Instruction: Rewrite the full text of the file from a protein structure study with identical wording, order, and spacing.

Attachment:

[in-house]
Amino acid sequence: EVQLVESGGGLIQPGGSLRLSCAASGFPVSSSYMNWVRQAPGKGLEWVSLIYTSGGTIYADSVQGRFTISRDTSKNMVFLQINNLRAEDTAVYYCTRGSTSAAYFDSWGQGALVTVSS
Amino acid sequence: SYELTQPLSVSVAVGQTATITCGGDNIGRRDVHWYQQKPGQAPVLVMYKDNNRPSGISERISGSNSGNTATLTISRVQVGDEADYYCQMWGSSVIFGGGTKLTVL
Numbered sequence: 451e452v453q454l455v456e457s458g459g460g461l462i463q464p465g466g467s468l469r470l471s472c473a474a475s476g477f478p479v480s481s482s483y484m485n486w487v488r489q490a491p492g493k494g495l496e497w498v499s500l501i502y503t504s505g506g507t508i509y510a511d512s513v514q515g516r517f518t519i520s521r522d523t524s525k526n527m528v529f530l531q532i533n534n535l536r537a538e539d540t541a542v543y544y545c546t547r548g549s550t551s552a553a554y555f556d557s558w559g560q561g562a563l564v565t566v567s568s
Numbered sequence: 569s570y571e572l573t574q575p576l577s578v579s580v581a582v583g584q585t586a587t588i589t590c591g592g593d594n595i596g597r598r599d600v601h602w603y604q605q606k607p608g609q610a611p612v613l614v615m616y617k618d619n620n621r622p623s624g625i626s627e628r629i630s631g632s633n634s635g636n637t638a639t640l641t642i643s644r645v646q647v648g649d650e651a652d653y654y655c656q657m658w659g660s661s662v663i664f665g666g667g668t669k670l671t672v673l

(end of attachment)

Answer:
[in-house]
Amino acid sequence: EVQLVESGGGLIQPGGSLRLSCAASGFPVSSSYMNWVRQAPGKGLEWVSLIYTSGGTIYADSVQGRFTISRDTSKNMVFLQINNLRAEDTAVYYCTRGSTSAAYFDSWGQGALVTVSS
Amino acid sequence: SYELTQPLSVSVAVGQTATITCGGDNIGRRDVHWYQQKPGQAPVLVMYKDNNRPSGISERISGSNSGNTATLTISRVQVGDEADYYCQMWGSSVIFGGGTKLTVL
Numbered sequence: 451e452v453q454l455v456e457s458g459g460g461l462i463q464p465g466g467s468l469r470l471s472c473a474a475s476g477f478p479v480s481s482s483y484m485n486w487v488r489q490a491p492g493k494g495l496e497w498v499s500l501i502y503t504s505g506g507t508i509y510a511d512s513v514q515g516r517f518t519i520s521r522d523t524s525k526n527m528v529f530l531q532i533n534n535l536r537a538e539d540t541a542v543y544y545c546t547r548g549s550t551s552a553a554y555f556d557s558w559g560q561g562a563l564v565t566v567s568s
Numbered sequence: 569s570y571e572l573t574q575p576l577s578v579s580v581a582v583g584q585t586a587t588i589t590c591g592g593d594n595i596g597r598r599d600v601h602w603y604q605q606k607p608g609q610a611p612v613l614v615m616y617k618d619n620n621r622p623s624g625i626s627e628r629i630s631g632s633n634s635g636n637t638a639t640l641t642i643s644r645v646q647v648g649d650e651a652d653y654y655c656q657m658w659g660s661s662v663i664f665g666g667g668t669k670l671t672v673l